Product complexity. More complex products are at greater risk in outsourcing partnerships because there are more details and parts to manage. This is especially true with a product that is highly regulated or approved by a government agency such as the U.S. Food and Drug Administration (FDA). Manufacturing protocols and reporting must be strictly adhered to.

Experienced CMOs offer strong capabilities for technology transfer, a process that can help simplify some of this complexity. They advise the OEM on the best processes, materials, and material formats to efficiently manufacture a product at a large scale. OEMs and CMOs have an opportunity to collaborate on materials planning to help avoid parts shortages and production interruptions.

Organizational maturity. Sufficient expertise is needed to prudently alter operations, often with incomplete or evolving information. A CMO with in-depth experience in an OEM’s market and products will be able to anticipate and adapt to changing demands and requirements. This flexibility is critical in new product introductions as changes happen frequently.

Freeman also noted that OEM financial analysts seek the following from an ideal contractor:

  • Good price, consistent quality, and on-time delivery over time (five to seven years on newer products).
  • One-stop shop—a broad and expanding service set and the ability to manage a satellite supply chain so the OEM manages only one contractor.
  • Financial resources and working capital to cover ongoing investment in new capabilities and automation. This includes investment in a strong IT infrastructure, new equipment, facilities, skilled associates, and talented, capable leaders.

4. Look for alignment in financial aspects of corporate culture.

Corporate culture affects the overall OEM-CMO relationship. Finance teams for both parties may have cultures of their own that reflect their organizations’ ownership, priorities, and broader corporate culture.

When there’s alignment between the financial cultures—and capabilities—of the OEM and CMO, there’s a better likelihood for a successful relationship. For example, if the OEM is a large, publicly traded business, it’s accountable to shareholders and authorities for regular financial reports. This type of OEM may require a high level of transparency into the contractor’s operations to fulfill its reporting requirements. It could need real-time visibility into raw materials inventory, work in process, and finished goods. Additionally, large, publicly traded companies are under increased scrutiny related to diversity, sustainability, CSR, and safety. Does the selected CMO have strong values along with policies and procedures to address these concerns?

At the same time, other ownership models might have different financial cultures. Private equity investors put a lot of emphasis on rapid return on investment (ROI). Their finance leadership will expect counterparts on the CMO side to prioritize ROI and provide frequent status updates and metrics related to meeting ROI targets.

When it comes to corporate finance cultures, the most important thing is for the OEM and CMO to understand how both their businesses benefit from the relationship and to have a sense of financial equity for both organizations’ stakeholders. An “our way or the highway” culture from either camp isn’t conducive to a healthy partnership. Open, honest, and frequent communication is key to long-term successful relationships.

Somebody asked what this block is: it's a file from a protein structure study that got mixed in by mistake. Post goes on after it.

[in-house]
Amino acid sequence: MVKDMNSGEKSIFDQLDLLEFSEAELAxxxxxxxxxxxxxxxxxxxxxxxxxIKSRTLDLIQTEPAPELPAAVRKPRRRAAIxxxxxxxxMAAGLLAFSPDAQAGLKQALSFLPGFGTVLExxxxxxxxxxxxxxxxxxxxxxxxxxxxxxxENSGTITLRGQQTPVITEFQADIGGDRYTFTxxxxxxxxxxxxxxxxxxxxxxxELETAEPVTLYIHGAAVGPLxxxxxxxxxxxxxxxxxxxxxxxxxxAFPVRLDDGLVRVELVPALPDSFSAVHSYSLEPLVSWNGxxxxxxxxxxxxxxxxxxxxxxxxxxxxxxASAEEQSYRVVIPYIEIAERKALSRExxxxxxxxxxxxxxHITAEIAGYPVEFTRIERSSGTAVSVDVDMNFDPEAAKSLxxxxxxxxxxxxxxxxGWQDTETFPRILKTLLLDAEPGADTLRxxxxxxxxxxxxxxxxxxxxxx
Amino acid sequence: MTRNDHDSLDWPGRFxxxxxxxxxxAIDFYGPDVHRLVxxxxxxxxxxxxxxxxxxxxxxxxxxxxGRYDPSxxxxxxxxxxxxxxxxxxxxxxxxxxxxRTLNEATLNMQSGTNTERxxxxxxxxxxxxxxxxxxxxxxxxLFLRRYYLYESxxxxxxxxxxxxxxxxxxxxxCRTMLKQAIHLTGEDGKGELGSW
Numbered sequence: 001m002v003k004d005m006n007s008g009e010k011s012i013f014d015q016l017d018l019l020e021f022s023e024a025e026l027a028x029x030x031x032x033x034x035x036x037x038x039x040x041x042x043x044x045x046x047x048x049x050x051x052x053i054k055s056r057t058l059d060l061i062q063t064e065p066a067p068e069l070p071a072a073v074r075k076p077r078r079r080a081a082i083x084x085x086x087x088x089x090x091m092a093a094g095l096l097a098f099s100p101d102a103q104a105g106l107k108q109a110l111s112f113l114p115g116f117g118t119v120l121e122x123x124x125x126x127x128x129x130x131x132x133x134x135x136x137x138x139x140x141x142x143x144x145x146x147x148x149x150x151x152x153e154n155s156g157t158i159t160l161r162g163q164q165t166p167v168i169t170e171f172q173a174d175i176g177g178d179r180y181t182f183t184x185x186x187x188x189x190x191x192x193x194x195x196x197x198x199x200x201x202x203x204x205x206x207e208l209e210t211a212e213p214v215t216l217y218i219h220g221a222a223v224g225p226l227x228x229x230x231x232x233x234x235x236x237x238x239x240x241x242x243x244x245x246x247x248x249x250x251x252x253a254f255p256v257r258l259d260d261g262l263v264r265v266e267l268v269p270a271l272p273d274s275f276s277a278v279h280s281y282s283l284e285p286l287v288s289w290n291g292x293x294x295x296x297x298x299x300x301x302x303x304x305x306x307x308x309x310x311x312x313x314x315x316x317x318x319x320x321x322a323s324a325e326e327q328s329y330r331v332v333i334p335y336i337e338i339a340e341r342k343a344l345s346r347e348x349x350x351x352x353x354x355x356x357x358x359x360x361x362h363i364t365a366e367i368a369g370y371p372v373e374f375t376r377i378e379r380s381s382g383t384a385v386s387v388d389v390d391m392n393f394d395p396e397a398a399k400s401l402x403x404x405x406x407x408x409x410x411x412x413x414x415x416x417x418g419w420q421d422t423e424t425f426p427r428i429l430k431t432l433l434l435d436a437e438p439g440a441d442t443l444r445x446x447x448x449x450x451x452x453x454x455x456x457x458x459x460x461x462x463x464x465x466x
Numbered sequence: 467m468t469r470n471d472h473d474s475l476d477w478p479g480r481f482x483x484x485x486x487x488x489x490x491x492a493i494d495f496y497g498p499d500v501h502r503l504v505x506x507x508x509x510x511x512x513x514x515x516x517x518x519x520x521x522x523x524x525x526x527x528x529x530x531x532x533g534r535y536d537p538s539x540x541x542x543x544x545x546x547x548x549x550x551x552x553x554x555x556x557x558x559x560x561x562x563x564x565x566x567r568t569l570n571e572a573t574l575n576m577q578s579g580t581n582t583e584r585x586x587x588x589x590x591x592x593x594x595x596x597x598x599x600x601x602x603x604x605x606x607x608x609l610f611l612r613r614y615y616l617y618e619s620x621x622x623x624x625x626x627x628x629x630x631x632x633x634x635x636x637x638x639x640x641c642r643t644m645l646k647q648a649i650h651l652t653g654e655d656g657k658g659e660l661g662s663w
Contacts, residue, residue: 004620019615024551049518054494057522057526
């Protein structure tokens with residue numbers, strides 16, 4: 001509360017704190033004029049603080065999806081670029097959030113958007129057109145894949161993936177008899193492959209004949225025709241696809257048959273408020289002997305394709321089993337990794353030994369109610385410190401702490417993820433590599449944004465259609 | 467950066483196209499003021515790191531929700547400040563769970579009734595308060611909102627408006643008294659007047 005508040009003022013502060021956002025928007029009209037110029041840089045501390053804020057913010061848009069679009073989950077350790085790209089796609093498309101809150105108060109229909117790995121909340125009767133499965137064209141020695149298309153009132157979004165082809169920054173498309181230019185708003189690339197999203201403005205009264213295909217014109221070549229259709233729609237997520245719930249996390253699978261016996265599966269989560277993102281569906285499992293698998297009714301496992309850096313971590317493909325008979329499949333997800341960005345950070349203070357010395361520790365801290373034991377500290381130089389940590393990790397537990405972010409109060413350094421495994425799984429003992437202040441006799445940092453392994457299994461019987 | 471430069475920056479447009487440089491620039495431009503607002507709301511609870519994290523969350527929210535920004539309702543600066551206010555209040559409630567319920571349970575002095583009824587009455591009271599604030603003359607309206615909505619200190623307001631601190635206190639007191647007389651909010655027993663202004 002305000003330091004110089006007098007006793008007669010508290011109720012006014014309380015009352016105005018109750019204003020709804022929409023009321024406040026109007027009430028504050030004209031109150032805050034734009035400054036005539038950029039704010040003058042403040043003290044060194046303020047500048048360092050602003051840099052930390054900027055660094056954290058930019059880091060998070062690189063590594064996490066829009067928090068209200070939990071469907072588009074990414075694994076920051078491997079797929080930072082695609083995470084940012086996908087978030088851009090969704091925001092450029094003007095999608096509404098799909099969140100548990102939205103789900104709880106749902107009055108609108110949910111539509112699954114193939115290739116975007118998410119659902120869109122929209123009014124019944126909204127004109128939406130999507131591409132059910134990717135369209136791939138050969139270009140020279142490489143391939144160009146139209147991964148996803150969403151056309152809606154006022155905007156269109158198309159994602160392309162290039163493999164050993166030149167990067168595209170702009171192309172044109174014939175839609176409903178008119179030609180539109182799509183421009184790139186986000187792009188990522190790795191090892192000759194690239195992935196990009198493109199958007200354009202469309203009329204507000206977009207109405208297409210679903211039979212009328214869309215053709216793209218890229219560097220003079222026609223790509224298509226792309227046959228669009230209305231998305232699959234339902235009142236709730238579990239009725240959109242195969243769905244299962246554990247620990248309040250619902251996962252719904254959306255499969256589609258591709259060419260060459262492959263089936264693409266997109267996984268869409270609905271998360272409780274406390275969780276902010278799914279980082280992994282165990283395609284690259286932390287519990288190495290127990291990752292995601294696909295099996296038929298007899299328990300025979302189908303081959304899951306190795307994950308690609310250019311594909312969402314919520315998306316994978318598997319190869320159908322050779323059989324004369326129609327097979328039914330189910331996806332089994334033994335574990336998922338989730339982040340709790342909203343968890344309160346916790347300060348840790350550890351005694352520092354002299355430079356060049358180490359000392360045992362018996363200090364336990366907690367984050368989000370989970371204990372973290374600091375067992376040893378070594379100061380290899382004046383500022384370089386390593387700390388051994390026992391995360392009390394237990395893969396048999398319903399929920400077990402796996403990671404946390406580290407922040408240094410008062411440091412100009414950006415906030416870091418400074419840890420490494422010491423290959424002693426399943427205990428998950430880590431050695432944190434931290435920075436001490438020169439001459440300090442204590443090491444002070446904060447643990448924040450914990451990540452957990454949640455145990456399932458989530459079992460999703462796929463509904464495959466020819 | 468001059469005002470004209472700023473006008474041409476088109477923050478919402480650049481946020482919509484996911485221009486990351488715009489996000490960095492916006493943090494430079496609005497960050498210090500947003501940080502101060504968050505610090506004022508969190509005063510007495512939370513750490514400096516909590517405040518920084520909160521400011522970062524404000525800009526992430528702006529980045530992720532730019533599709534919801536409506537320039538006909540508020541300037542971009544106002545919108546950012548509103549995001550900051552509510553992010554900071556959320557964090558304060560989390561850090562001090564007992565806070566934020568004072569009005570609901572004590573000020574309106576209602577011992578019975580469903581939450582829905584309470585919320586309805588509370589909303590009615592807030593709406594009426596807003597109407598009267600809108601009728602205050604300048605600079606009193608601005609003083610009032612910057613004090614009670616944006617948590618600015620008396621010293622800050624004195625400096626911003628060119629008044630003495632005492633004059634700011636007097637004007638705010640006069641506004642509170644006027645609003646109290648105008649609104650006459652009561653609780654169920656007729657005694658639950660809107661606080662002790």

5. Regularly engage with the CMO and provide ongoing measurement.

After a CMO partner has been selected and outsourcing is in process, there still are important ways for the CFO to add value and make the partnership a success. Occasional site visits between OEM and CMO finance personnel help build relationships. These visits also offer an opportunity for the OEM CFO to meet periodically with CMO operations management. The CFO also can proactively ask those in operations, sourcing, quality, and other areas if there are areas in which financial expertise is needed.

One of finance’s greatest roles will be to help OEM management continue to measure how the outsourcing relationship is adding value to the bottom line. “If you think about a business in terms of the way information flows through it, or through an ERP [enterprise resource planning] system, ultimately, finance is just the big rain bucket at the bottom,” said DesMarteau. “Whether you are outsourcing or manufacturing in-house, the costs all end up in your system somewhere. The dollars are real. The CFO ensures you account for costs accurately, but more importantly have visibility to and understand what those are, and how results compare to expectations.”


Riding the wake of 2020, with its supply chain disruptions and business stressors, OEMs are looking at their organizations in a fresh light in 2021. Manufacturing models might need refinement to add flexibility, reduce risks, and increase responsiveness. Outsourced manufacturing is an option some OEMs are exploring to position their businesses for success.

As with any major business decision, outsourcing to a CMO requires careful consideration and thorough evaluation from different angles. When they involve active participation from the CFO, outsourcing partnerships benefit from a clear understanding of costs, risks, and rewards.